That was how dining destination The Orchard came about. Schnitzer shares that Luci’s Urban Concepts’ first endeavor, Luci’s Healthy Marketplace, had been received well from the neighborhood and members of the community, and the company was being asked by other developers to duplicate the concept in neighborhoods in outlying cities. “We didn’t feel ready for those neighborhoods.” But then Venue Projects (which had worked with Upward Projects on its Windsor restaurant) invited them to tour The Orchard. “It was overgrown, not developed,” she recalls, “but when I set foot on the property, I really felt the roots of the ground just wrapping themselves up on me and saying, ‘You have to commit to this.’” The reaction was shared by her husband and their partner, Jerry Mansoor. “When we had three people feeling the same voice, there was no doubt —  we knew this was where we’d have to develop.”

And observing, “The world is so fast-paced,” Fox identifies another hot trend in the restaurant industry. “There’s this need for a type of restaurant that can keep up with today’s guest but still provide an enjoyable experience. That’s why the fast-casual segment is booming. It’s a setting where dates, meetings, families and friends all feel comfortable. When I’m in a rush for dinner, I like to say, a good fast-casual restaurant is always the answer.”

Building Ambience

“We believe to be successful, restaurants should have a personality and tell a story,” Fox says. “If we can get our guests to experience this, then the value we provide during their time dining with us is so much greater.” When designing The Henry, Fox Restaurant Concepts’ restaurant on Camelback Road at 44th Street, Fox says, “We knew it was going to be a community space used for much more than a typical restaurant. I wanted it to feel warm and welcoming, so I probably over-thought every detail — from every ingredient on the menu to fabric on the curtains to the bookshelf display to all the natural lighting. We call ourselves “The Best Neighborhood Restaurant,” so it better feel like that to our guests when they walk through the doors.”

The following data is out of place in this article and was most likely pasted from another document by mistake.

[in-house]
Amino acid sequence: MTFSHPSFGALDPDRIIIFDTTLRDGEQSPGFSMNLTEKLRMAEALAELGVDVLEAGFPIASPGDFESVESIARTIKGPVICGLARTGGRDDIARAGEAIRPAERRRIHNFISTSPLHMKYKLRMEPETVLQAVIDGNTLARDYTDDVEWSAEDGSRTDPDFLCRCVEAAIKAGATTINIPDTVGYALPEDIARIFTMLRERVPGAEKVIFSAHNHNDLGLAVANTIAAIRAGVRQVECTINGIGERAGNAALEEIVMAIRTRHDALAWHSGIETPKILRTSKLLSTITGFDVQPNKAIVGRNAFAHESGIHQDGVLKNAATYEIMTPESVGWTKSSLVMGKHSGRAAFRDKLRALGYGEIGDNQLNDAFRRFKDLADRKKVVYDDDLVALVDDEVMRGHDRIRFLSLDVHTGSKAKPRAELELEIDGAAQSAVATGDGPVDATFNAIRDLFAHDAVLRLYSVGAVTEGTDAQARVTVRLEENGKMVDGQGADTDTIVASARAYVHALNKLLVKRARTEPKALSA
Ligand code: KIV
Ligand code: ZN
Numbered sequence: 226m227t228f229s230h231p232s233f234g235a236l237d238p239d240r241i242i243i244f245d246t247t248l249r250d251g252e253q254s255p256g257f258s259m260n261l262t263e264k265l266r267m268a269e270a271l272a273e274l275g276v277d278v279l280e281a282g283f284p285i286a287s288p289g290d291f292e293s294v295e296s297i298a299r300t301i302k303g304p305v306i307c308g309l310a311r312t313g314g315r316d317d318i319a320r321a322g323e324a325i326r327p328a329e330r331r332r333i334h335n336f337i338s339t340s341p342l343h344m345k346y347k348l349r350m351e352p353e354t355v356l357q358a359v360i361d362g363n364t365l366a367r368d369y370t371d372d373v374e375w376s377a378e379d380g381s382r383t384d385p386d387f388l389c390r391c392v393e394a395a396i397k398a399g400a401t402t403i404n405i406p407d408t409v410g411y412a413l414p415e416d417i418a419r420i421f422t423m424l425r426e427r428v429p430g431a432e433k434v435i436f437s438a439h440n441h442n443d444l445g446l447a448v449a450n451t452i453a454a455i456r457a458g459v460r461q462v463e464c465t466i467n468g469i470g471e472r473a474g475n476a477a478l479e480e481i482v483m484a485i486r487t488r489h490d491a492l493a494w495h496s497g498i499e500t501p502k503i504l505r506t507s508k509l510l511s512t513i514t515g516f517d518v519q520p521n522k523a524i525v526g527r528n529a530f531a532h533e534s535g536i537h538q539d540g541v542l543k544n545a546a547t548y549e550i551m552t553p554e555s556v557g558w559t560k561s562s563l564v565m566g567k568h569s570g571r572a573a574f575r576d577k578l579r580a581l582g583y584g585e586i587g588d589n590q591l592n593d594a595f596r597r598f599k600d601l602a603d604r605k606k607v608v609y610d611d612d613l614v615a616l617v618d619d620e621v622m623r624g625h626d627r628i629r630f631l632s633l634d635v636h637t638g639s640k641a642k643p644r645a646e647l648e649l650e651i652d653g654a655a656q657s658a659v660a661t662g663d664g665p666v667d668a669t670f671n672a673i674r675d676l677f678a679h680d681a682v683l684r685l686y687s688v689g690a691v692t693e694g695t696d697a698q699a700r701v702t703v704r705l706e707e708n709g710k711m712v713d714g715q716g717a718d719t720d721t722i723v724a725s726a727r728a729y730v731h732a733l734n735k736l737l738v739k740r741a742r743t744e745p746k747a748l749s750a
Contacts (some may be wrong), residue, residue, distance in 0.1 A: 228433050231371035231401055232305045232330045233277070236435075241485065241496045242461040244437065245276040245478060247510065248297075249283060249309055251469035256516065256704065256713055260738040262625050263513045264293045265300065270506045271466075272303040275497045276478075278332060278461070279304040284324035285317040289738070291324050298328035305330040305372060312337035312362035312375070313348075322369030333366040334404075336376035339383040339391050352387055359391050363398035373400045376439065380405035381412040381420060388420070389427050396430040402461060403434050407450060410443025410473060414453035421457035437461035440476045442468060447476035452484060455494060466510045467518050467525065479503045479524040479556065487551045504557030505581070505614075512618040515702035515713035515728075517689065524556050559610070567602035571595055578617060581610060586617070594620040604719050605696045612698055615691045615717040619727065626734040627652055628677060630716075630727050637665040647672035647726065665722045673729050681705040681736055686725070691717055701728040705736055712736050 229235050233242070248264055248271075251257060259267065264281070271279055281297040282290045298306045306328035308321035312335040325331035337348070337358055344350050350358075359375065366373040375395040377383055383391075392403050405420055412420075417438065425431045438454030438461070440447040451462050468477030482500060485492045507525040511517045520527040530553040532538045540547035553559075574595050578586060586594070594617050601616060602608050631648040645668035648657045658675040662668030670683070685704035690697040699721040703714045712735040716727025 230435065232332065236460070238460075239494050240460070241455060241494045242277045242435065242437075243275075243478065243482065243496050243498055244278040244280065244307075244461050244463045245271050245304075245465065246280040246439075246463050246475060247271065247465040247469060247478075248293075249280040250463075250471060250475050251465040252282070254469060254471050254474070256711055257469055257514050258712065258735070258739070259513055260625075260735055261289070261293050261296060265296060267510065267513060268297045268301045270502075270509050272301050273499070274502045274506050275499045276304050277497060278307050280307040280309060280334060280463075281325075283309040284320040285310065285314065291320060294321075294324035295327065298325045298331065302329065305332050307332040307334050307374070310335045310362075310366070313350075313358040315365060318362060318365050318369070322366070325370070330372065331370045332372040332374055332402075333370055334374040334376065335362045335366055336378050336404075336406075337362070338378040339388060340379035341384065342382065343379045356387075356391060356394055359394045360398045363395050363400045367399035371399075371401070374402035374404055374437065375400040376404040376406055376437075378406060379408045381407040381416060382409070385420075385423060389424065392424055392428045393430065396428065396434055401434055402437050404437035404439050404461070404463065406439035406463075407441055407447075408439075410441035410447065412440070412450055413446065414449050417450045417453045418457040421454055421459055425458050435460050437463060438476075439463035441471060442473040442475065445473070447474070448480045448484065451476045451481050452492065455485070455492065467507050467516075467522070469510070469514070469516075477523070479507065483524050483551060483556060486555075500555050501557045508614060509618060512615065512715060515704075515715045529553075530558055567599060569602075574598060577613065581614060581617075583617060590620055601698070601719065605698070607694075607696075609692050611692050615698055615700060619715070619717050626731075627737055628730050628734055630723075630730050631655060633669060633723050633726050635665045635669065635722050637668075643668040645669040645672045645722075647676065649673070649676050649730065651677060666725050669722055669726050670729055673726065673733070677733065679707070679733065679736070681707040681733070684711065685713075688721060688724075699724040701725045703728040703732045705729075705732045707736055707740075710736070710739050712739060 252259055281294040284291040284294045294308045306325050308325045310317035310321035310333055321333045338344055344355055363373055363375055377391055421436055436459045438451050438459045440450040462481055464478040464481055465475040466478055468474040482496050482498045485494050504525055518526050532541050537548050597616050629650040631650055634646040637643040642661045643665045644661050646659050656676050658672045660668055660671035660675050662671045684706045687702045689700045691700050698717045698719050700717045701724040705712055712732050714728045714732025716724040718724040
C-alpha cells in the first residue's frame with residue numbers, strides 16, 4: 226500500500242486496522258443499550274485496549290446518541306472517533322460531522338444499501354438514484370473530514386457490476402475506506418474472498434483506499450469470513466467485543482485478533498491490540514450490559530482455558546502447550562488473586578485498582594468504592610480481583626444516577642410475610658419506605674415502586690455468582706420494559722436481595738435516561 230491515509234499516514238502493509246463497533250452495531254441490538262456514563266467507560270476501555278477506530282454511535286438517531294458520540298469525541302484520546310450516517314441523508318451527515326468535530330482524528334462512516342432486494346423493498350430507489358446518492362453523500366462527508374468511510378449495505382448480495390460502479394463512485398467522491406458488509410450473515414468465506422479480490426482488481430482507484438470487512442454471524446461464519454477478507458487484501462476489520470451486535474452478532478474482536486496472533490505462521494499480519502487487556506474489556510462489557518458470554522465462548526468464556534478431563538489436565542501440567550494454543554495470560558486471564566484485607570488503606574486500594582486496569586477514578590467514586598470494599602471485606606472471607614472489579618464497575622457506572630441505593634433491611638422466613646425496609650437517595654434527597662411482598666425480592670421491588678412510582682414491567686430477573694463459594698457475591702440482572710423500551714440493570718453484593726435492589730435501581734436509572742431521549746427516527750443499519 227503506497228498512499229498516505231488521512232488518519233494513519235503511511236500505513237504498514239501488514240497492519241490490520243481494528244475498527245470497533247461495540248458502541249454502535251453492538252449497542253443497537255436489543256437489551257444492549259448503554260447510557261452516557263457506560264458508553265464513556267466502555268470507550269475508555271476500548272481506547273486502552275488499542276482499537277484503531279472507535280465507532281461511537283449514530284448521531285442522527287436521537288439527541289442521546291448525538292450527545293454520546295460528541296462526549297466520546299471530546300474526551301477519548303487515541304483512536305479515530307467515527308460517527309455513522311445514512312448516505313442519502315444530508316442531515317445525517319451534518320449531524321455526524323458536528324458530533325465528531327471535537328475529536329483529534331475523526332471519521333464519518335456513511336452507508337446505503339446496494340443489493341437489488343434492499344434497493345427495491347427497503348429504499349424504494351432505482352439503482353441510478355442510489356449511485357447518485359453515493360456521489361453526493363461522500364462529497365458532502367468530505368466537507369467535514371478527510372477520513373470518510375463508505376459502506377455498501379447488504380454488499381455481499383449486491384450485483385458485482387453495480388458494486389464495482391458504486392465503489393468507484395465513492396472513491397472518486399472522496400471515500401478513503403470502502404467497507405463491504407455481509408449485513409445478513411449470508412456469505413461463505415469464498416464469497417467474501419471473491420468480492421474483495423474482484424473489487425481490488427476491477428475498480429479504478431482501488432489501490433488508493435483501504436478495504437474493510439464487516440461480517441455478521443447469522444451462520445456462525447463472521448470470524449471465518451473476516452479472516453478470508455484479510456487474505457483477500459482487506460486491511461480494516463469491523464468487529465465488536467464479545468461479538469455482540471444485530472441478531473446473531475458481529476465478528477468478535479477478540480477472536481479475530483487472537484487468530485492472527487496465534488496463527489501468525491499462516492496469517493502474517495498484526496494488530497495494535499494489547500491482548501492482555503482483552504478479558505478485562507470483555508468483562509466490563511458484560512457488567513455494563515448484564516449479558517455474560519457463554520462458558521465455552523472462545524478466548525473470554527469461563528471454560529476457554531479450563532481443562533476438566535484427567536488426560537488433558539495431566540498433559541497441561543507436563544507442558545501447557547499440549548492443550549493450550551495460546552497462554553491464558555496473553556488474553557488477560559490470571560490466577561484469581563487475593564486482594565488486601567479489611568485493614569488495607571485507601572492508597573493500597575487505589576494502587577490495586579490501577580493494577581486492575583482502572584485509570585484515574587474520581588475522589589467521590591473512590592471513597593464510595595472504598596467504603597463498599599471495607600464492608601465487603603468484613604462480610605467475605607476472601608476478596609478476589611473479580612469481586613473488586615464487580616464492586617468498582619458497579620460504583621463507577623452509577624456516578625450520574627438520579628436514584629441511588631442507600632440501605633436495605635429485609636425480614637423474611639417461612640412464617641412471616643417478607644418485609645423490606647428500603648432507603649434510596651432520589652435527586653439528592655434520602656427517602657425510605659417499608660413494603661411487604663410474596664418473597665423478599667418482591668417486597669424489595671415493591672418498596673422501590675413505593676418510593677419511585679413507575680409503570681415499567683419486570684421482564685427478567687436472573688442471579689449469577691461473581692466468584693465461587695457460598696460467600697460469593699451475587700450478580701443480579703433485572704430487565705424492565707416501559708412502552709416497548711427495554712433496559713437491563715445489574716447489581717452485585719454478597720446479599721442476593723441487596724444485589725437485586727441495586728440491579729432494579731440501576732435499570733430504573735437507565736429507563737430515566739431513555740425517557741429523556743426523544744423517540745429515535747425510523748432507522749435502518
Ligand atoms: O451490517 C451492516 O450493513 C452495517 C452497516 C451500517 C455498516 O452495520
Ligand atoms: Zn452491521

Making sure the ambience is authentic to the period is a cornerstone of Genuine Concepts. Says Woodbury, “If it’s a 1914 bungalow, like Vig Fillmore, the ambience will align itself with that period. If it’s the 1917 F.L. Hart Garage that’s the current location for the Crescent Ballroom, then the ambiance will be spare, much like it was 100 years ago. We never try and feel overly ‘themed’ or contrived. The more understated, the more interesting, in our opinion. We don’t believe people want to be in ‘Disneyland’ when they go out to drink or dine.”

It’s important each store has “its own personality and soul,” shares DeMarco, explaining, “We’re sensitive [to that] because we cluster our stores — at Central and Camelback, you can see all our brands in one afternoon.” Differentiating interiors — down to paint colors and lighting — to make each feel special, DeMarco says, “We can’t replicate what we’ve done in the past; we’ve got to innovate all the time.” But he emphasizes, “We don’t change the exterior of the buildings very much; in fact, we try to keep them as original as possible.”

Building new would have been much less expensive than the adaptive reuse project that took The Orchard three-and-a-half years to come to fruition. The building that now houses fine-dining restaurant Pomelo dates to the 1920s, when it was “a home for the orchards,” Schnitzer says. “We considered what was happening in this house, walking ourselves through the life of the family, and asked, ‘How can we duplicate that?’” Pomelo’s “Green Room” is the original dining room, and features a table made from a 100-year-old eucalyptus tree that had stood on the property. The living room, with its fireplace, became a lounge area. The basement is used for private dining or a meeting room, and an extension was added to the building for a bar.